Assuming you have installed F#, the first step you should take would be to run F# Interactive in 64-bit mode. In VS go into Tools -> Options and just write F# in the search bar. Then go to F# Tools -> F# Interactive. Enable both debugging and the 64-bit mode. Debugging is for later convenience – it won’t slow down the program in any case, but the 64-bit mode will be necessary to run Cuda libraries. Starting with version 7.0 Nvidia dropped support for the 32-bit versions.
The Spiral Library
I plan to build up the library step by step in the following chapters, but if one wants to peek ahead, here is the repository to an already finished version.
At the time of this writing GPU programming is nowhere nearly as easy as standard CPU code and even if one just intends to call routines that are packaged in a library there are difficulties one must work around.
F# Interactive and running ManagedCuda
F# is statically typed functional language that can be compiled to an executable, but that can also be interpreted inside the IDE similar to Python.
All the examples that follow should be run from the F# Interactive.
Let’s test it out. To do anything at all, first we must reference the ManagedCuda files. It can be done like so:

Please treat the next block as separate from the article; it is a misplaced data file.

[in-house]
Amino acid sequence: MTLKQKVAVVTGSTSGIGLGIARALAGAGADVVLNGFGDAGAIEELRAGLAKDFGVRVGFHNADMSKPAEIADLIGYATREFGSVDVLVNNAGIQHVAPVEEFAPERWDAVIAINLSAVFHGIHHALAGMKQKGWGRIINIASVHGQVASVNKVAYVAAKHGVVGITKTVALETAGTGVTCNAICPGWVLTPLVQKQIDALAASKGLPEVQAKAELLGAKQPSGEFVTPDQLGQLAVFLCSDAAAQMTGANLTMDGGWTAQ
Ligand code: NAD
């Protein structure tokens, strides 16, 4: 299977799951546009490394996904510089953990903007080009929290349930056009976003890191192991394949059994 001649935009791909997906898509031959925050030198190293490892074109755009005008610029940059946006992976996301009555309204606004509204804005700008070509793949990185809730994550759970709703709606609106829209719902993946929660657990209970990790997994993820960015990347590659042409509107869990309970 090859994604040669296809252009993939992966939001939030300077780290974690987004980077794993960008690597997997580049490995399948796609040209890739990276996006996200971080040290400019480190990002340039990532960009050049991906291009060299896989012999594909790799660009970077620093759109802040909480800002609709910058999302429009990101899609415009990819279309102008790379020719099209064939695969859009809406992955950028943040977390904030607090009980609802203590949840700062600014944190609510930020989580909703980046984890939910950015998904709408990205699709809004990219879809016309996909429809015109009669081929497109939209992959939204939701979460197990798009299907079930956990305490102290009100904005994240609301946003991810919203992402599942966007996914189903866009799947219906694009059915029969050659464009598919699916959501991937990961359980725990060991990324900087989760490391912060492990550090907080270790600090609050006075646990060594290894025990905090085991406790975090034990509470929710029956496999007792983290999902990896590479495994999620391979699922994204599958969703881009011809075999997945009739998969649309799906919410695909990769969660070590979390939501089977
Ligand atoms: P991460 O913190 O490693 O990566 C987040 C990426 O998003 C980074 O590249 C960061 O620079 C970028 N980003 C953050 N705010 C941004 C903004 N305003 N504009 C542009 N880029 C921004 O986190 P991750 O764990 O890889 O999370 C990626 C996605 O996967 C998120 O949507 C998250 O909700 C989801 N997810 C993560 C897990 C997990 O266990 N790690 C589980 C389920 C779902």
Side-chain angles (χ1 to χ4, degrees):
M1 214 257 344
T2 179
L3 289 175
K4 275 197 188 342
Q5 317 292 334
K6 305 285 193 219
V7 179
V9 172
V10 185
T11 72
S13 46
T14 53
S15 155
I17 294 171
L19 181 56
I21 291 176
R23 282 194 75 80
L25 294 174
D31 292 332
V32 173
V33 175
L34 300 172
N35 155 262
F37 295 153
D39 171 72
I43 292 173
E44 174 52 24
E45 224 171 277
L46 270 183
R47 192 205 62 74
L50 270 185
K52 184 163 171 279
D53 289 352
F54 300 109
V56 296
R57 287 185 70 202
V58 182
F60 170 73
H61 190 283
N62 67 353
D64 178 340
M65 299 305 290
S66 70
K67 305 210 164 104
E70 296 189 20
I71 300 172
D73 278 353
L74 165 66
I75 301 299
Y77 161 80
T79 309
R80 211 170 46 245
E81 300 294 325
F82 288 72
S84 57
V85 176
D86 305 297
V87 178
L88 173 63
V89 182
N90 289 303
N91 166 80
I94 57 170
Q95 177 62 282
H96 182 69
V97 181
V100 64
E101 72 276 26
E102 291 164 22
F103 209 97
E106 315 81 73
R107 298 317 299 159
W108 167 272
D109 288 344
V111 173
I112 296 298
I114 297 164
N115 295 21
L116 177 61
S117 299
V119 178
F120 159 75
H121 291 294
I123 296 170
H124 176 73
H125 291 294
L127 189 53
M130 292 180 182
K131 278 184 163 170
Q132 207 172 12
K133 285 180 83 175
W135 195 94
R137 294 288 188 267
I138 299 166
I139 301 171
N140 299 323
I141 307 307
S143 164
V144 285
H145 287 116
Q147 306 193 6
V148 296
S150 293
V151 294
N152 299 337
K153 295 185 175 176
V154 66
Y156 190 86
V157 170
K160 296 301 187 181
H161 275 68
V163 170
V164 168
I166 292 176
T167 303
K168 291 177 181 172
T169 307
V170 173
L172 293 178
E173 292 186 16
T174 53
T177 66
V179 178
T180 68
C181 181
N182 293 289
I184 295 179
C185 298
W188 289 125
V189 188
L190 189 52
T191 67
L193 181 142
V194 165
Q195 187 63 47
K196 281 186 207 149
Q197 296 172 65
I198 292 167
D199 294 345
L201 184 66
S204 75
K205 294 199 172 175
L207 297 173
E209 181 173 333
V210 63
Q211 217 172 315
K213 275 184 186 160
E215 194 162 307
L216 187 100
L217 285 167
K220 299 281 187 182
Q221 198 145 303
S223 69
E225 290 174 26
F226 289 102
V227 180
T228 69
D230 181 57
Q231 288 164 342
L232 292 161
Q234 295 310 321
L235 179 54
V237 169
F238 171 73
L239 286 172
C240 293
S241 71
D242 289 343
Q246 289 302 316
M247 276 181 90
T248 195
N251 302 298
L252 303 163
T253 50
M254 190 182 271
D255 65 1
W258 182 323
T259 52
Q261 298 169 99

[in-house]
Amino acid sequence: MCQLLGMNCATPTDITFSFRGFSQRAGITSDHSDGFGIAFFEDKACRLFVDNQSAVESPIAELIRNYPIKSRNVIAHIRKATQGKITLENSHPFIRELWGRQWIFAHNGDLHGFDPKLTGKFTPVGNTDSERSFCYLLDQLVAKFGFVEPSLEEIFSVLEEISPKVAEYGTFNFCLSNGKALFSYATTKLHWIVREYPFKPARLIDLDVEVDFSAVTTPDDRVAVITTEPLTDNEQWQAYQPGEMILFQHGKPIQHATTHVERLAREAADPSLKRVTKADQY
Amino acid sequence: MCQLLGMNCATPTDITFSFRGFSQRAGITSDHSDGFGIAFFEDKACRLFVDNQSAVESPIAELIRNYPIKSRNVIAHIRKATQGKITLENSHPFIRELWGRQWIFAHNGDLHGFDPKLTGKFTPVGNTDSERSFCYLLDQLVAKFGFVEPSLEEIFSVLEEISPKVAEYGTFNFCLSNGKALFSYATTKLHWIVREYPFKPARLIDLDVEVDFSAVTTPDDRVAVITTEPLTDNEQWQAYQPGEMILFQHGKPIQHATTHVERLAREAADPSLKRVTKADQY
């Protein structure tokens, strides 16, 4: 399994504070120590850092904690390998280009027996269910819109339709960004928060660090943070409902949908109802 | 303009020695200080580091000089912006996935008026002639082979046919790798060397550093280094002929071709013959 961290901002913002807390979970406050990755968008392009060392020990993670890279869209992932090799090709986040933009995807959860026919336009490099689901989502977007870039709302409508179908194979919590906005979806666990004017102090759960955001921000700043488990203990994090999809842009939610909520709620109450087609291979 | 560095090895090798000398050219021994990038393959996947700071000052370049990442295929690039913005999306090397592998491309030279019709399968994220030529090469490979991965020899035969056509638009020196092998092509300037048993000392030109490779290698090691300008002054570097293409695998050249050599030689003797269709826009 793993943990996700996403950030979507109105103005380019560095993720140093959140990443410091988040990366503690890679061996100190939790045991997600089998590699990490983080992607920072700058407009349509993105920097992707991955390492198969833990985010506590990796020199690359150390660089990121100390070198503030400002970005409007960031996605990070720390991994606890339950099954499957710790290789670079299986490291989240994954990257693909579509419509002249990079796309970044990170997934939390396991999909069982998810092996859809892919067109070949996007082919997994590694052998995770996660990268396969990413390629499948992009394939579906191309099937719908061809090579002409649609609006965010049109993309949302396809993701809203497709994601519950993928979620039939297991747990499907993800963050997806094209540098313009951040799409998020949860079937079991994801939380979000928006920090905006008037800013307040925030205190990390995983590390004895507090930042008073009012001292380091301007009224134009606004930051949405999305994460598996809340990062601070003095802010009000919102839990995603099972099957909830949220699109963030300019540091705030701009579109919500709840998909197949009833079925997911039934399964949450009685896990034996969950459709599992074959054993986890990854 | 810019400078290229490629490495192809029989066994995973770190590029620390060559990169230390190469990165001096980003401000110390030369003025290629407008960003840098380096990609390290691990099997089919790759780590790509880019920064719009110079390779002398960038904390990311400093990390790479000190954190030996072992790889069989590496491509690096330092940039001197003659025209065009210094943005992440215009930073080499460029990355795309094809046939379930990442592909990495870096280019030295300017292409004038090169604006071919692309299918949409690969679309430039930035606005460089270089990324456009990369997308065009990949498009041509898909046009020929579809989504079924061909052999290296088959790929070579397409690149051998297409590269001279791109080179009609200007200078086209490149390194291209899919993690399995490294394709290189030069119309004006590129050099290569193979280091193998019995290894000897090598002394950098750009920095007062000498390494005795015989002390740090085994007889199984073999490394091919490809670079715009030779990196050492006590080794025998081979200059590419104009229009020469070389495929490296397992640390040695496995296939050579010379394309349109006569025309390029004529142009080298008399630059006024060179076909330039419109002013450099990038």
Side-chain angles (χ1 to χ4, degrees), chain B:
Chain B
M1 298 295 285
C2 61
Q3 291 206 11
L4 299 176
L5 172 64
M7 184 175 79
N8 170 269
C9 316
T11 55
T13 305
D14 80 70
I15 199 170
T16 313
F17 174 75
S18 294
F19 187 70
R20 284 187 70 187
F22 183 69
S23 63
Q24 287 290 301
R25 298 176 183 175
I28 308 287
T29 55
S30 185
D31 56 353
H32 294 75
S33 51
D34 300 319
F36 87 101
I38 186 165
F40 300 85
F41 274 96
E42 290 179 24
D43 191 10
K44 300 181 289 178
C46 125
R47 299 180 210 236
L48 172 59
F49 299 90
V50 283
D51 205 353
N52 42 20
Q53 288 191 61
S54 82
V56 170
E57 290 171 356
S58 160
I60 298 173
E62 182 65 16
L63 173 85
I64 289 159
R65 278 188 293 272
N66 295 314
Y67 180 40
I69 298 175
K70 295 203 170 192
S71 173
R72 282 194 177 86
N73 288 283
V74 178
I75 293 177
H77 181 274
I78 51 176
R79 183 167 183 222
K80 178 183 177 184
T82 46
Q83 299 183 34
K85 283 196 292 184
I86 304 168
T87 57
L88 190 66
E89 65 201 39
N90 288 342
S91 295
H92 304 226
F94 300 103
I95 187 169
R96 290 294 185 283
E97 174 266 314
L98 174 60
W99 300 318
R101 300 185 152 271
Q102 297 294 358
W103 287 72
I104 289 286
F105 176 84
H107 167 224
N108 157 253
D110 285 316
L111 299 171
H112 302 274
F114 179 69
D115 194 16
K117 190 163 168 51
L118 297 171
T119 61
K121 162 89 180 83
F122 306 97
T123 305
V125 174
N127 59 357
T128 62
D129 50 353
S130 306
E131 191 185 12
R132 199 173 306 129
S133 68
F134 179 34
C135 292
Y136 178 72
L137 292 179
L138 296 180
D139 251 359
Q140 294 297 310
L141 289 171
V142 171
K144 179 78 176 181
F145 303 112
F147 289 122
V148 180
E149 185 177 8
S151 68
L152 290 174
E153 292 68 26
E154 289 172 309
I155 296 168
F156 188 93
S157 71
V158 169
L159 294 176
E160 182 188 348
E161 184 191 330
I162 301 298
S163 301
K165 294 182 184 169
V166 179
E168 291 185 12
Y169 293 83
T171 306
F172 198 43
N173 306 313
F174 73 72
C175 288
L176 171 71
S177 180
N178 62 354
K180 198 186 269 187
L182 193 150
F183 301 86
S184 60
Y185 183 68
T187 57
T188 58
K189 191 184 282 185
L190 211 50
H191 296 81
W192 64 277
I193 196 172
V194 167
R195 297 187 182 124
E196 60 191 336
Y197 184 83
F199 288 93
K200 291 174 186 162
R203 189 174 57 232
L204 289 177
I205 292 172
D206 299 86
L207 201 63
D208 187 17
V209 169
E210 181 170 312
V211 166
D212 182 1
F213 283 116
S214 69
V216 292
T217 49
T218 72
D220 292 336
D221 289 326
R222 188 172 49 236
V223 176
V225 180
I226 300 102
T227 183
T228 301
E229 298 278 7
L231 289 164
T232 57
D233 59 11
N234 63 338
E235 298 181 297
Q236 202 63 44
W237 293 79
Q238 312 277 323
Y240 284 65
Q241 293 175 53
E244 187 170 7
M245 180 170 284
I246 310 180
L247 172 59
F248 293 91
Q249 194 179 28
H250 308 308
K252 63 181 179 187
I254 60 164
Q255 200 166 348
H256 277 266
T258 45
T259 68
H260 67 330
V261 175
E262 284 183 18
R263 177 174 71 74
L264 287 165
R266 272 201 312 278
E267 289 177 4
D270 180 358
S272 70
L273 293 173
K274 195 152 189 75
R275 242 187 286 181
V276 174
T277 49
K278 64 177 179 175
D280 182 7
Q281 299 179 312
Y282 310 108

// The Spiral library v1. Basic reverse mode AD on the GPU. #r "../packages/ManagedCuda-75-x184.108.40.206/lib/net45/x64/ManagedCuda.dll" #r "../packages/ManagedCuda-75-x220.127.116.11/lib/net45/x64/NVRTC.dll" #r "../packages/ManagedCuda-75-x18.104.22.168/lib/net45/x64/CudaBlas.dll" #r "../packages/ManagedCuda-75-x22.214.171.124/lib/net45/x64/CudaRand.dll" #r "../packages/ManagedCuda-75-x126.96.36.199/lib/net45/x64/NPP.dll" #r "../packages/ManagedCuda-CudaDNN.3.0/lib/net45/CudaDNN.dll"
To run the lines just select them and then using right click and send them to F# Interactive. If the packages are installed something like the following should show up.
--> Referenced 'C:\Users\Marko\Documents\Visual Studio 2015\Projects\Spiral Library\Tutorial examples\../packages/ManagedCuda-75-x188.8.131.52/lib/net45/x64/ManagedCuda.dll' --> Referenced 'C:\Users\Marko\Documents\Visual Studio 2015\Projects\Spiral Library\Tutorial examples\../packages/ManagedCuda-75-x184.108.40.206/lib/net45/x64/NVRTC.dll' --> Referenced 'C:\Users\Marko\Documents\Visual Studio 2015\Projects\Spiral Library\Tutorial examples\../packages/ManagedCuda-75-x220.127.116.11/lib/net45/x64/CudaBlas.dll' --> Referenced 'C:\Users\Marko\Documents\Visual Studio 2015\Projects\Spiral Library\Tutorial examples\../packages/ManagedCuda-75-x18.104.22.168/lib/net45/x64/CudaRand.dll' --> Referenced 'C:\Users\Marko\Documents\Visual Studio 2015\Projects\Spiral Library\Tutorial examples\../packages/ManagedCuda-75-x22.214.171.124/lib/net45/x64/NPP.dll' --> Referenced 'C:\Users\Marko\Documents\Visual Studio 2015\Projects\Spiral Library\Tutorial examples\../packages/ManagedCuda-CudaDNN.3.0/lib/net45/CudaDNN.dll'
That is roughly all the setup that is necessary to run this.
Setting up Cuda libraries inside the script and the importance of streams